Jeter scored. Now it was 5-3. Gump walked out of the dugout to the mound. It was his customary "two batters too late," but thank god Gump had come to his senses before it was way too late. I expected Embree to face the lefty Matsui. Gump talked with Pedro and then he turned and walked back to the dugout. Grady stayed with Pedro. After the game, Gump said that Pedro had told him that he had enough left to get Matsui and get out of the inning. Well, of course, he's going to say that, what the hell else would you expect? It is the manager's job to say NO, you've gone above and beyond the call tonight, you've thrown 115 pitches, I want you in the World Series, so it's time to sit on the bench watch your teammates nail it down. Grady failed this most obvious of tasks.
Pedro got two called strikes on Matsui. On the 0-2 pitch, Matsui ripped a line drive that hit near the right field line -- fair ball -- and bounced towards the stands, where a fan touched it. Everyone was allowed two bases, so Williams had to stop at third. Now the Yankees had the tying run at second base and still only one out. Pedro was wilting. He was at 118 pitches. And Grady let him continue.
What must they have been thinking in the bullpen? What about the starting players in the field, watching as Pedro's pitchers are being banged all over the lot? And what about Theo Epstein, Larry Lucchino and John Henry? They're smart men. What in the world was going through their heads as Grady left Pedro in to absorb line drive after line drive after line drive and the comfortable Red Sox lead shrank down to nothing?
Posada was the next batter and he blooped a 2-2 pitch into short center field, Williams and Matsui scored and because no one was covering second base, Posada took the extra bag. New York had tied the game 5-5. And here was Grady, walking to the mound to take the ball from Pedro, doing what any fool with more sense than God gave a rosin bag would have done FOUR BATTERS AGO.
The inning went on with both Embree and Timlin pitching, and although New York loaded the bases, they did not score. Mariano Rivera came out of the Yankees pen for the 9th. Varitek singled with one out. Pinch-runner Damian Jackson did not attempt to steal, although he advanced to second on Damon's ground out. Todd Walker nearly poked a line drive over Soriano's head into right field, but the second baseman made the catch to end the inning. Rivera ended up pitching three innings (he also allowed a 2-out double in the 10th to Ortiz) and throwing 48 pitches. If Wakefield could get through the 11th (his second inning of work), Torre would have to bring in either Jeff Weaver, Jose Contreras or Gabe White. ... That 12th inning never came.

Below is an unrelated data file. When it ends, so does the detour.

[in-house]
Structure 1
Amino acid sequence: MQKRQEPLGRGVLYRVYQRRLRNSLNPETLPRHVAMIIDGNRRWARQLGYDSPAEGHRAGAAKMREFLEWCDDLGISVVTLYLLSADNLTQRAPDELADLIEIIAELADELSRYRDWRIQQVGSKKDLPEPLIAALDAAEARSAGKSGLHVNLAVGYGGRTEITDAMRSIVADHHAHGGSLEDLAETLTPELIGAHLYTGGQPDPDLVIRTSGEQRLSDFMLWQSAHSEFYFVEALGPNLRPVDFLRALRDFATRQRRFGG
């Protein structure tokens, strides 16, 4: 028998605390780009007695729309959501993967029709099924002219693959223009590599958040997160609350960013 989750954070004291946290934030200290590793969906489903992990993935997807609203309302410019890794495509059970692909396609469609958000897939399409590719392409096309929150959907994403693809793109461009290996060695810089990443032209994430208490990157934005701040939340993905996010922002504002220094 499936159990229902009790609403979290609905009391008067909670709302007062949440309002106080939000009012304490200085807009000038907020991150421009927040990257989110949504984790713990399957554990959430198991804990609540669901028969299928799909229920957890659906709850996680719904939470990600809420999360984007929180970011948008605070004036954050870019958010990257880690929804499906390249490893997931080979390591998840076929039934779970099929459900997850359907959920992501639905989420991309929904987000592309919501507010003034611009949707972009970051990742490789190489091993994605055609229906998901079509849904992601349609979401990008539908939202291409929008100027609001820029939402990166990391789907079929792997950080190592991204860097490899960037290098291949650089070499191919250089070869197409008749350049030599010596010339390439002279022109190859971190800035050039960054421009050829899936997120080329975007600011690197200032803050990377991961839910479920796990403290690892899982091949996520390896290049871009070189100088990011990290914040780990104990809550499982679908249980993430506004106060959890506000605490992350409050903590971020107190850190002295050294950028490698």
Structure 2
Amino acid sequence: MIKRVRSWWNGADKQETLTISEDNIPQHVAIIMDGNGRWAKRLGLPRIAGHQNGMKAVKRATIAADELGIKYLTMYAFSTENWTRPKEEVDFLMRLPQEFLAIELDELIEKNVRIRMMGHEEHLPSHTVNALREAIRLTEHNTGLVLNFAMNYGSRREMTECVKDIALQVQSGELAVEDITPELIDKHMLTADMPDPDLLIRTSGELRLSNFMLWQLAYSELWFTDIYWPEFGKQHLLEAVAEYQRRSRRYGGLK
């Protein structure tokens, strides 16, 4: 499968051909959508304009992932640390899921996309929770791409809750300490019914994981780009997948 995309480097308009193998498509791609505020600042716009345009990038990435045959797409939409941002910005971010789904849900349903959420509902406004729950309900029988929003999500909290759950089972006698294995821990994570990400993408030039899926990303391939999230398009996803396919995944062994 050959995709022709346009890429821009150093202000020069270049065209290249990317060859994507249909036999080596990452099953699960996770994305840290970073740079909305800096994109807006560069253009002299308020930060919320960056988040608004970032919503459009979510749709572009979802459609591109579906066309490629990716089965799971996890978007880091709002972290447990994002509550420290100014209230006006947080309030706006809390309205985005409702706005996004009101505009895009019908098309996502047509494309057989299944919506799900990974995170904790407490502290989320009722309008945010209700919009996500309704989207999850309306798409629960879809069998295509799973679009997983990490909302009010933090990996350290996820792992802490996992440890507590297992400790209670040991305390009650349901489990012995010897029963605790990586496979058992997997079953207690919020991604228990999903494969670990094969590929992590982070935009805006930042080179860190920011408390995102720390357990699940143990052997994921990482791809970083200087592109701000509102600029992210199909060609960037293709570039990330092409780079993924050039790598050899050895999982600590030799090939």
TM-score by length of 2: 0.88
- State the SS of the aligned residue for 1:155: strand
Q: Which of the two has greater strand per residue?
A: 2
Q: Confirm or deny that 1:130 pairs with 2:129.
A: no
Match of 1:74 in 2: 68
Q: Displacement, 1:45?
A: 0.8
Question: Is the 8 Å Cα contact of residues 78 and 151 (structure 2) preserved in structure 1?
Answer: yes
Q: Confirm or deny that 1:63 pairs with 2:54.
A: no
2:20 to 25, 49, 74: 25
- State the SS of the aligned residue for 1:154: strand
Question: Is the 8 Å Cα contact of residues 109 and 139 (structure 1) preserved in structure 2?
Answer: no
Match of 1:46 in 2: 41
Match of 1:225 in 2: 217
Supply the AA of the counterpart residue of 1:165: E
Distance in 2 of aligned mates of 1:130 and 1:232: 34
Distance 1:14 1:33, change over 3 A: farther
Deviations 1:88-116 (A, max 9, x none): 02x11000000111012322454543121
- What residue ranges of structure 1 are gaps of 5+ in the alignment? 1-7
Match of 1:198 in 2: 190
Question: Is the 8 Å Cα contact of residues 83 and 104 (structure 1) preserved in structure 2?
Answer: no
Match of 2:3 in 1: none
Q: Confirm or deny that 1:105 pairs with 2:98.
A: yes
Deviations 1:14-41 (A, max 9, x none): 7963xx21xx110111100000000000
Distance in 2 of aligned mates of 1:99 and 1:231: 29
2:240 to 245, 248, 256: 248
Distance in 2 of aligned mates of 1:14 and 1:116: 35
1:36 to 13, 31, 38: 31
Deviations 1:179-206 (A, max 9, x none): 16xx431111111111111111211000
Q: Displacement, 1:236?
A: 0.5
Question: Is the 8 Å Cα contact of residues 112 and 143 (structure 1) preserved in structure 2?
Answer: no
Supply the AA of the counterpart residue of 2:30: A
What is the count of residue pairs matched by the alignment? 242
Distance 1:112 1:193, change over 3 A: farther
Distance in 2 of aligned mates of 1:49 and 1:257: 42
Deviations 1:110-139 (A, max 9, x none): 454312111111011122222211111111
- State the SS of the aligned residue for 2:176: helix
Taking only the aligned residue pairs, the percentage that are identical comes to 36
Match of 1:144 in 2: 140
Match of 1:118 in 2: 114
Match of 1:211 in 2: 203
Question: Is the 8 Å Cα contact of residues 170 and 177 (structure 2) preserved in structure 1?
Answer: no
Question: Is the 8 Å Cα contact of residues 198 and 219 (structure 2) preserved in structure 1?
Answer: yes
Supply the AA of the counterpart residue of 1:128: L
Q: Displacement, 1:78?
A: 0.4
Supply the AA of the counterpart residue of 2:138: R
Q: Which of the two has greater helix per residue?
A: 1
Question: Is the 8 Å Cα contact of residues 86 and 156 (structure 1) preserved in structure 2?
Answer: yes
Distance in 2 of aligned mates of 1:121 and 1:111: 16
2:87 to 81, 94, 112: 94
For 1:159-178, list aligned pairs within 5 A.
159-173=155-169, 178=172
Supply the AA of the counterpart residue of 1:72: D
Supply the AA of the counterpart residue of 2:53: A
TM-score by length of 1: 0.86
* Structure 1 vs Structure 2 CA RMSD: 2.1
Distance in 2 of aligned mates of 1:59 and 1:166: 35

Every idiot who wouldn't know what a baseball was if it hit him in the head, and plenty of idiots who follow the sport too, will blather on about the Curse and how evil spirits are conspiring against the Red Sox. That has been a crock of shit since Day One and no matter how many editions of a certain book are printed, it will remain a crock of shit. Let me say this: I am proud of the 2003 Red Sox. I still love this team. ... There were no chokes, no errors, no baserunning mistakes, nothing on the part of the players that could (or should) be singled out as the reason why Game 7 was lost. This loss will go down in history squarely on the shoulders of Grady Little, who will now take his rightful place as one of the most hated men in Red Sox history, the author of one of the dumbest managerial moves in the history of the game (and no, I do NOT believe I'm exaggerating).
Theo should have fired the moron in the 8th inning, but baring that, he should have shit-canned him immediately after the game, and refused to allow him on the charter flight back to Boston. You would think he'll never get another managerial job again, but who knows? Dusty Baker was given the chance to piss away another team's title hopes this year. Maybe Gump can become the Yankees new bench coach. If so, I look forward to Pedro tossing his dumb ass to the ground next season.
Grady: "Pedro Martinez has been our man all year long and in situations like that, he's the one we want on the mound over anybody we can bring in out of the bullpen. He had enough left in his tank to finish off Posada." Well, idiot, if that's the case, why pull him at all? Why not let him finish the 8th and have him go the 9th too? If he's truly better than anyone out in the bullpen, let him go and go.
Aaron Boone? He means nothing to me. A truly insignificant part of this series. No, it is Grady Little, and only Grady Little, that I despise. I have more hatred for him at this point than I do for any New York Yankee I can think of -- past or present. His exit from the Boston Red Sox will be a sliver of happiness I take from this post-season. And any Red Sox players who still believe this shithead is a great "player's manager" and love his "open door" policy, I don't care who you are, but I hope you go with him into oblivion. Anyone that stupid doesn't deserve to wear the Red Sox uniform.
Commiserate, vent and look to 2004 with fellow fans at Sons of Sam Horn, with threads either here or here. As huge as my hatred and disgust is for Grady, that's the amount of love, respect and admiration I have for everyone who posts at SoSH. Thanks to all of them, the site was an unbridled joy and a much-needed comfort station all season. It was on, but Grady turned it off. That is all.